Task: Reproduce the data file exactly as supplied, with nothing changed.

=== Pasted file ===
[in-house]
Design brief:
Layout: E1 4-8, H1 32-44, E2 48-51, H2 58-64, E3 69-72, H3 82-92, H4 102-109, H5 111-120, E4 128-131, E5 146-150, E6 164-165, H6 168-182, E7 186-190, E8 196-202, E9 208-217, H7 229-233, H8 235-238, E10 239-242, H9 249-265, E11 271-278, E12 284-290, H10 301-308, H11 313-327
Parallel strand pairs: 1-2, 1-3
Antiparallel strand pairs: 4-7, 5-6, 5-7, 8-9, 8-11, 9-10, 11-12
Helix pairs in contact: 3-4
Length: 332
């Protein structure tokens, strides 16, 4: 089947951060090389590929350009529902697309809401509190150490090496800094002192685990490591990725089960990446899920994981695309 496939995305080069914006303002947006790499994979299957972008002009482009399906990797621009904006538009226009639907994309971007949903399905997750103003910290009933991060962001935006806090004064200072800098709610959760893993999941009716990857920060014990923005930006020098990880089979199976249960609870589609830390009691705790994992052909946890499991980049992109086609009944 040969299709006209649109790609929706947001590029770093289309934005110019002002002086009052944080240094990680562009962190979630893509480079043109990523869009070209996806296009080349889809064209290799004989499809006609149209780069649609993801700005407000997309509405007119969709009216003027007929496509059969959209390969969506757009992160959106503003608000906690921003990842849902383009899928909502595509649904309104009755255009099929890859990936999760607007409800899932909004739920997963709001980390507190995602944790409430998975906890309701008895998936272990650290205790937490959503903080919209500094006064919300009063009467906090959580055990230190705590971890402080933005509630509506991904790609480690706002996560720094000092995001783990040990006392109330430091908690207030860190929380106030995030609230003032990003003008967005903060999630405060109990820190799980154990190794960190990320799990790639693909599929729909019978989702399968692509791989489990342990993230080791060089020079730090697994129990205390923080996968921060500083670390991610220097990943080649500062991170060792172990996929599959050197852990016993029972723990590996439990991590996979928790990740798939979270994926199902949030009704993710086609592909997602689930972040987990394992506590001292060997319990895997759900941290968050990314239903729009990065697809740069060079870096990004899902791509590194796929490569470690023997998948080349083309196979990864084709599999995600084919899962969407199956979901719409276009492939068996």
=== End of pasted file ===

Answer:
[in-house]
Design brief:
Layout: E1 4-8, H1 32-44, E2 48-51, H2 58-64, E3 69-72, H3 82-92, H4 102-109, H5 111-120, E4 128-131, E5 146-150, E6 164-165, H6 168-182, E7 186-190, E8 196-202, E9 208-217, H7 229-233, H8 235-238, E10 239-242, H9 249-265, E11 271-278, E12 284-290, H10 301-308, H11 313-327
Parallel strand pairs: 1-2, 1-3
Antiparallel strand pairs: 4-7, 5-6, 5-7, 8-9, 8-11, 9-10, 11-12
Helix pairs in contact: 3-4
Length: 332
């Protein structure tokens, strides 16, 4: 089947951060090389590929350009529902697309809401509190150490090496800094002192685990490591990725089960990446899920994981695309 496939995305080069914006303002947006790499994979299957972008002009482009399906990797621009904006538009226009639907994309971007949903399905997750103003910290009933991060962001935006806090004064200072800098709610959760893993999941009716990857920060014990923005930006020098990880089979199976249960609870589609830390009691705790994992052909946890499991980049992109086609009944 040969299709006209649109790609929706947001590029770093289309934005110019002002002086009052944080240094990680562009962190979630893509480079043109990523869009070209996806296009080349889809064209290799004989499809006609149209780069649609993801700005407000997309509405007119969709009216003027007929496509059969959209390969969506757009992160959106503003608000906690921003990842849902383009899928909502595509649904309104009755255009099929890859990936999760607007409800899932909004739920997963709001980390507190995602944790409430998975906890309701008895998936272990650290205790937490959503903080919209500094006064919300009063009467906090959580055990230190705590971890402080933005509630509506991904790609480690706002996560720094000092995001783990040990006392109330430091908690207030860190929380106030995030609230003032990003003008967005903060999630405060109990820190799980154990190794960190990320799990790639693909599929729909019978989702399968692509791989489990342990993230080791060089020079730090697994129990205390923080996968921060500083670390991610220097990943080649500062991170060792172990996929599959050197852990016993029972723990590996439990991590996979928790990740798939979270994926199902949030009704993710086609592909997602689930972040987990394992506590001292060997319990895997759900941290968050990314239903729009990065697809740069060079870096990004899902791509590194796929490569470690023997998948080349083309196979990864084709599999995600084919899962969407199956979901719409276009492939068996």